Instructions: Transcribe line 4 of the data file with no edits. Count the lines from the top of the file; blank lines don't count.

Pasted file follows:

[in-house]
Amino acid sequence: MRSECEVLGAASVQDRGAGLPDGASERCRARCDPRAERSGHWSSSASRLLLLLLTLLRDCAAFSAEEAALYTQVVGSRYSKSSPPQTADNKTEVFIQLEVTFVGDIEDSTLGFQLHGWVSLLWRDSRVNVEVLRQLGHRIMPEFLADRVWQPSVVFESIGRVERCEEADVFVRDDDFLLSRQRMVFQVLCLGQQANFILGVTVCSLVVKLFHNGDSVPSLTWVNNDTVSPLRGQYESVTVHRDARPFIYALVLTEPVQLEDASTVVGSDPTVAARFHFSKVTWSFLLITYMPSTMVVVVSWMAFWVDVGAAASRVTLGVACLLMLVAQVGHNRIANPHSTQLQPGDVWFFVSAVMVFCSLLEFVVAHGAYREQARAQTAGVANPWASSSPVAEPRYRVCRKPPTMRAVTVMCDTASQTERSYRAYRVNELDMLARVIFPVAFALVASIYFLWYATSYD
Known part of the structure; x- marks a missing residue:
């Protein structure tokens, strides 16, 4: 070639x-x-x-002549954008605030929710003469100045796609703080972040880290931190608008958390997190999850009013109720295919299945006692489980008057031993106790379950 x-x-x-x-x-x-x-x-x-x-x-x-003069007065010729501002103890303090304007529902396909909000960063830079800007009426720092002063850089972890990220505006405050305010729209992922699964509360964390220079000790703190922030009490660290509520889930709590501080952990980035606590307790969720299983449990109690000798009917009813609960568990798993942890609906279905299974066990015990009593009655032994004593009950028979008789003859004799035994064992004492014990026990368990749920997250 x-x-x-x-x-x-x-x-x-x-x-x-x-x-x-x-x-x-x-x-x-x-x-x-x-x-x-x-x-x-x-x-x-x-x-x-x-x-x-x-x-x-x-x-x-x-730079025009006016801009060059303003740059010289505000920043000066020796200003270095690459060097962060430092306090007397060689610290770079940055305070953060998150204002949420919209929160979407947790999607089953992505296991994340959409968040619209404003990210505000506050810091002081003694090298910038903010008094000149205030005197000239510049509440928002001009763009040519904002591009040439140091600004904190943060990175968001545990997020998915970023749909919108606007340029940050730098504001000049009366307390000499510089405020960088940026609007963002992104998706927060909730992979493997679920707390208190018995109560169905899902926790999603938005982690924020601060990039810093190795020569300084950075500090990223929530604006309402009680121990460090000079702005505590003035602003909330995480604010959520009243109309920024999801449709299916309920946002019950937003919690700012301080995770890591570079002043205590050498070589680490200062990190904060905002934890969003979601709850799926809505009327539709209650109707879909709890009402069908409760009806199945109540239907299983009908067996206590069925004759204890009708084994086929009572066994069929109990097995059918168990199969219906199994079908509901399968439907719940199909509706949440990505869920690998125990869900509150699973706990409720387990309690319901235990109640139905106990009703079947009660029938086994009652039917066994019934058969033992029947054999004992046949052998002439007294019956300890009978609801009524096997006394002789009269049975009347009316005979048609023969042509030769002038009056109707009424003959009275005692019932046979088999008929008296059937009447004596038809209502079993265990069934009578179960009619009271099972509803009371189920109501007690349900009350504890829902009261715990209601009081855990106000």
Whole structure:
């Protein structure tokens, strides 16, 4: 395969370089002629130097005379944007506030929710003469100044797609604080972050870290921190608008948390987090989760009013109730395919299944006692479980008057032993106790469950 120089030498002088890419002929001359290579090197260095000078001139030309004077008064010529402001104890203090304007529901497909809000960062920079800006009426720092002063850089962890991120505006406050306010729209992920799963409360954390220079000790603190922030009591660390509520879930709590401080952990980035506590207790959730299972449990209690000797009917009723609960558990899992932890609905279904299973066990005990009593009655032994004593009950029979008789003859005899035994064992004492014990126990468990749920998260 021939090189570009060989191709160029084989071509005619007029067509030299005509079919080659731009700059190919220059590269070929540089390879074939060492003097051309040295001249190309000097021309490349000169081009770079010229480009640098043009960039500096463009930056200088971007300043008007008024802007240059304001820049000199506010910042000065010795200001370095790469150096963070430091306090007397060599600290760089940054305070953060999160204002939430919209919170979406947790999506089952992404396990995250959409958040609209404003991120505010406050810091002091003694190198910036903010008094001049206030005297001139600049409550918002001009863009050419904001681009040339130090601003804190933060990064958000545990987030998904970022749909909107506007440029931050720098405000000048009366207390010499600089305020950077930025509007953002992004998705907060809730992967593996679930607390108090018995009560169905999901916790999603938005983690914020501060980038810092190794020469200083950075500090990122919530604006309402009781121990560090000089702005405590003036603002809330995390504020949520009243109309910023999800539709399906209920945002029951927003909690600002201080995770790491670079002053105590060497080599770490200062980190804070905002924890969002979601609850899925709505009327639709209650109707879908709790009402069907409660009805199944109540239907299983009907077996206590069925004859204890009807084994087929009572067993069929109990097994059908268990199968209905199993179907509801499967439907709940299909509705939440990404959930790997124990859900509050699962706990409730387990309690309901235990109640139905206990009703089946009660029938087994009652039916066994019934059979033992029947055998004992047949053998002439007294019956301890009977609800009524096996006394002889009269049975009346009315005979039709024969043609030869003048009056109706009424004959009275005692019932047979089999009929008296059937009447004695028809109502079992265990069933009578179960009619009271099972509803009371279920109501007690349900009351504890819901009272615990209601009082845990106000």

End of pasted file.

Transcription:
């Protein structure tokens, strides 16, 4: 070639x-x-x-002549954008605030929710003469100045796609703080972040880290931190608008958390997190999850009013109720295919299945006692489980008057031993106790379950 x-x-x-x-x-x-x-x-x-x-x-x-003069007065010729501002103890303090304007529902396909909000960063830079800007009426720092002063850089972890990220505006405050305010729209992922699964509360964390220079000790703190922030009490660290509520889930709590501080952990980035606590307790969720299983449990109690000798009917009813609960568990798993942890609906279905299974066990015990009593009655032994004593009950028979008789003859004799035994064992004492014990026990368990749920997250 x-x-x-x-x-x-x-x-x-x-x-x-x-x-x-x-x-x-x-x-x-x-x-x-x-x-x-x-x-x-x-x-x-x-x-x-x-x-x-x-x-x-x-x-x-x-730079025009006016801009060059303003740059010289505000920043000066020796200003270095690459060097962060430092306090007397060689610290770079940055305070953060998150204002949420919209929160979407947790999607089953992505296991994340959409968040619209404003990210505000506050810091002081003694090298910038903010008094000149205030005197000239510049509440928002001009763009040519904002591009040439140091600004904190943060990175968001545990997020998915970023749909919108606007340029940050730098504001000049009366307390000499510089405020960088940026609007963002992104998706927060909730992979493997679920707390208190018995109560169905899902926790999603938005982690924020601060990039810093190795020569300084950075500090990223929530604006309402009680121990460090000079702005505590003035602003909330995480604010959520009243109309920024999801449709299916309920946002019950937003919690700012301080995770890591570079002043205590050498070589680490200062990190904060905002934890969003979601709850799926809505009327539709209650109707879909709890009402069908409760009806199945109540239907299983009908067996206590069925004759204890009708084994086929009572066994069929109990097995059918168990199969219906199994079908509901399968439907719940199909509706949440990505869920690998125990869900509150699973706990409720387990309690319901235990109640139905106990009703079947009660029938086994009652039917066994019934058969033992029947054999004992046949052998002439007294019956300890009978609801009524096997006394002789009269049975009347009316005979048609023969042509030769002038009056109707009424003959009275005692019932046979088999008929008296059937009447004596038809209502079993265990069934009578179960009619009271099972509803009371189920109501007690349900009350504890829902009261715990209601009081855990106000």